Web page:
When someone you love dies…
“No one can tell you about grief, about its limitless boundaries, its unfathomable depths. No one can tell you about the crater that is created in the center of your body, the one that nothing can fill.”
—Ruth Coughlin, from Grieving: A Love Story
The death of a loved one comes in many ways…a spouse or parent you’ve loved for half a century…a child you never knew…a friend’s death by suicide or violence. However it comes, the death of someone close brings shock and finality for which nobody is truly prepared.
“No one ever told me that grief felt so like fear… The same fluttering in the stomach, the same restlessness. I keep on swallowing.”
—C.S. Lewis, from A Grief Observed
Grief is never orderly. Bereaved people often move back and forth through numbness, suffering and acceptance.
Common physical reactions to grief are: exhaustion, loss or increase of appetite, insomnia, tightness in chest, shortness of breath and dizziness. Emotional effects include: numbness, shock, anxiety, guilt, anger, depression, irritability, inability to concentrate, withdrawal and fear of “going crazy.” These feelings are difficult but normal.
“If the relationship with the deceased was unhealthy, the grieving process can be more complicated,” says hospice social worker Janet Hayden, “particularly if issues were unresolved at the time of death.”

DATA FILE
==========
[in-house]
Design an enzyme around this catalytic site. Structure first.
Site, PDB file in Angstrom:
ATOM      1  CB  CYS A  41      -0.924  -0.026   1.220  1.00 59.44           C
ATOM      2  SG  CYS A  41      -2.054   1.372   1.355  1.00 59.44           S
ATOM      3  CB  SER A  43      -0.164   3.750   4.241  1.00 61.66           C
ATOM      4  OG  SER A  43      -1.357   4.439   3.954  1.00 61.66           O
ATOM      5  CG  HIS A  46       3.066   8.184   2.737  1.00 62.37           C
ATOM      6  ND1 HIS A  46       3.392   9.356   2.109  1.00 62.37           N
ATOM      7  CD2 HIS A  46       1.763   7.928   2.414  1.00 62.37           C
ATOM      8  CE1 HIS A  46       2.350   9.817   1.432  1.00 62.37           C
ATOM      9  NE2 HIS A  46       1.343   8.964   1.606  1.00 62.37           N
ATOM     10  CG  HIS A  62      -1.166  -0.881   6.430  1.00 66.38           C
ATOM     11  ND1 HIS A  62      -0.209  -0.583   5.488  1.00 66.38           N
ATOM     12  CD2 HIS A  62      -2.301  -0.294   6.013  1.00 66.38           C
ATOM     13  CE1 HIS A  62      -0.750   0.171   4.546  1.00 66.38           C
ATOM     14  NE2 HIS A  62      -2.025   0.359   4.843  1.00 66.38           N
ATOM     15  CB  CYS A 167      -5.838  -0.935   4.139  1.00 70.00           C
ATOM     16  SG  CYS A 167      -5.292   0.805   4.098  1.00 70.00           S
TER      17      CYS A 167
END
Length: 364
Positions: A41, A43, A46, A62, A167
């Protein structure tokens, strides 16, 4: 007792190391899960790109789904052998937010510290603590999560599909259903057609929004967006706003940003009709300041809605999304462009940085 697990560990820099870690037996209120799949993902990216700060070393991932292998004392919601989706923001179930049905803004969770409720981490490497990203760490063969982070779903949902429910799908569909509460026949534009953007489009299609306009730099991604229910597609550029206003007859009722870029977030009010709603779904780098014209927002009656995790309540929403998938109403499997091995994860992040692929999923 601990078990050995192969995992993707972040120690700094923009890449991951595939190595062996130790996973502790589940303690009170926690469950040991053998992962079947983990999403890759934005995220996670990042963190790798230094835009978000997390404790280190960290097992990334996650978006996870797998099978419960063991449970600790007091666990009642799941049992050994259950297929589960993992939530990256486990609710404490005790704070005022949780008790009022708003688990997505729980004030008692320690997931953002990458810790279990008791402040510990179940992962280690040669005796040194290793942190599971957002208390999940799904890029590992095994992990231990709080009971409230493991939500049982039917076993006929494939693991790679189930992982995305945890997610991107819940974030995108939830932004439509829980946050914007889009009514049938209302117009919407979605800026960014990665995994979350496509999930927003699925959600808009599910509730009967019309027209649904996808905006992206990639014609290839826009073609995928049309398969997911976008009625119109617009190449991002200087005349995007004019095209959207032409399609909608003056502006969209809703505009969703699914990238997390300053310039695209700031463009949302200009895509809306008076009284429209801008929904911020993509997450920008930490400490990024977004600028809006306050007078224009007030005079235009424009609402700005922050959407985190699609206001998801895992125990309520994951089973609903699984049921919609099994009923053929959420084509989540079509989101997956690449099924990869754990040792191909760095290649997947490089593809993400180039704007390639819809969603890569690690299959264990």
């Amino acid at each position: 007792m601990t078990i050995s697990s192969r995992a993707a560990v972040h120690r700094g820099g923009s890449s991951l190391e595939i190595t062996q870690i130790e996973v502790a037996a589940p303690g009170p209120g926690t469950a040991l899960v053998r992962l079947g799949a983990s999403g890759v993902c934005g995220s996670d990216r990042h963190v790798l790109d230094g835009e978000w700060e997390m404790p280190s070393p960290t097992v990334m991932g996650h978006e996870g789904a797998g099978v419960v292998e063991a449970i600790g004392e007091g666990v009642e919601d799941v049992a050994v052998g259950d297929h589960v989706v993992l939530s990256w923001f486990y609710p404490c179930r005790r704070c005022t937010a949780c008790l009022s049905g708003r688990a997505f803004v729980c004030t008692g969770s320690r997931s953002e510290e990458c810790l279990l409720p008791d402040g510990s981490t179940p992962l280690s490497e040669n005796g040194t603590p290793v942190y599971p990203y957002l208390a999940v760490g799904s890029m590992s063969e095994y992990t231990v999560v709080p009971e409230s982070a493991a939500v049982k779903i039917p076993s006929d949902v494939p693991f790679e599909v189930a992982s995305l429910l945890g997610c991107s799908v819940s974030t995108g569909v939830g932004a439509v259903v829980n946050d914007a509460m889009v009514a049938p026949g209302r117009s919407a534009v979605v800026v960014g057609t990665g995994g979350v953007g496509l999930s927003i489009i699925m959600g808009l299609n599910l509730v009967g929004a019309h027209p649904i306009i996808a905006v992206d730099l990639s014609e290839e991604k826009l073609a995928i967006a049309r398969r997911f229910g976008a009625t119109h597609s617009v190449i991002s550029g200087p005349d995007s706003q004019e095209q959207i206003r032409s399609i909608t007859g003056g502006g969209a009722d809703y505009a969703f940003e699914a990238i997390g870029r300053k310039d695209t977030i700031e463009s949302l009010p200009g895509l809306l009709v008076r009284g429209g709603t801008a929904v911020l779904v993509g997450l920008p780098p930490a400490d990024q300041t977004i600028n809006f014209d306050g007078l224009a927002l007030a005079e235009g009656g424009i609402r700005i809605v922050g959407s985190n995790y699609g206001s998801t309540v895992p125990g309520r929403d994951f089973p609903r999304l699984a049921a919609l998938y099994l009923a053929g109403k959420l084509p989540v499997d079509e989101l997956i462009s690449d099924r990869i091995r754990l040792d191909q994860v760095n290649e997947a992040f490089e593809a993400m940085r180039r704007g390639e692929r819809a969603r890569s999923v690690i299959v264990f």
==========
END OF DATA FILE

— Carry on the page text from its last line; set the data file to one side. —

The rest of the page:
“If you want to resolve your grief, if you want to leave the pain behind… sooner or later you must go through the pain,” according to grief expert Therese Rando.
I am weary with my moaning; every night I flood my bed with tears; I drench my couch with my weeping. Psalm 6:6
10 steps toward healing
To help yourself at this difficult time, keep these thoughts in mind:
- Take the time you need to grieve and heal
- Let loved ones know how you feel. Ask for help if you need it.
- Talk with someone who’s been through the experience. Consider joining a support group.
- Keeping a journal can be a healthy outlet.
- Be kind to yourself. Eat properly and exercise. Physical activity releases stress.
- Do not let yourself be put on a pedestal by those who praise your courage.
- Read about grief. Professionals and those who have experienced loss have a lot to share.
- Your toughest time may be about six months after the death when people think you should be “over it.”
- Try to help others. This keeps you from dwelling too much on yourself.
- Pray. Know that God is with you in your pain and loneliness and will give you strength.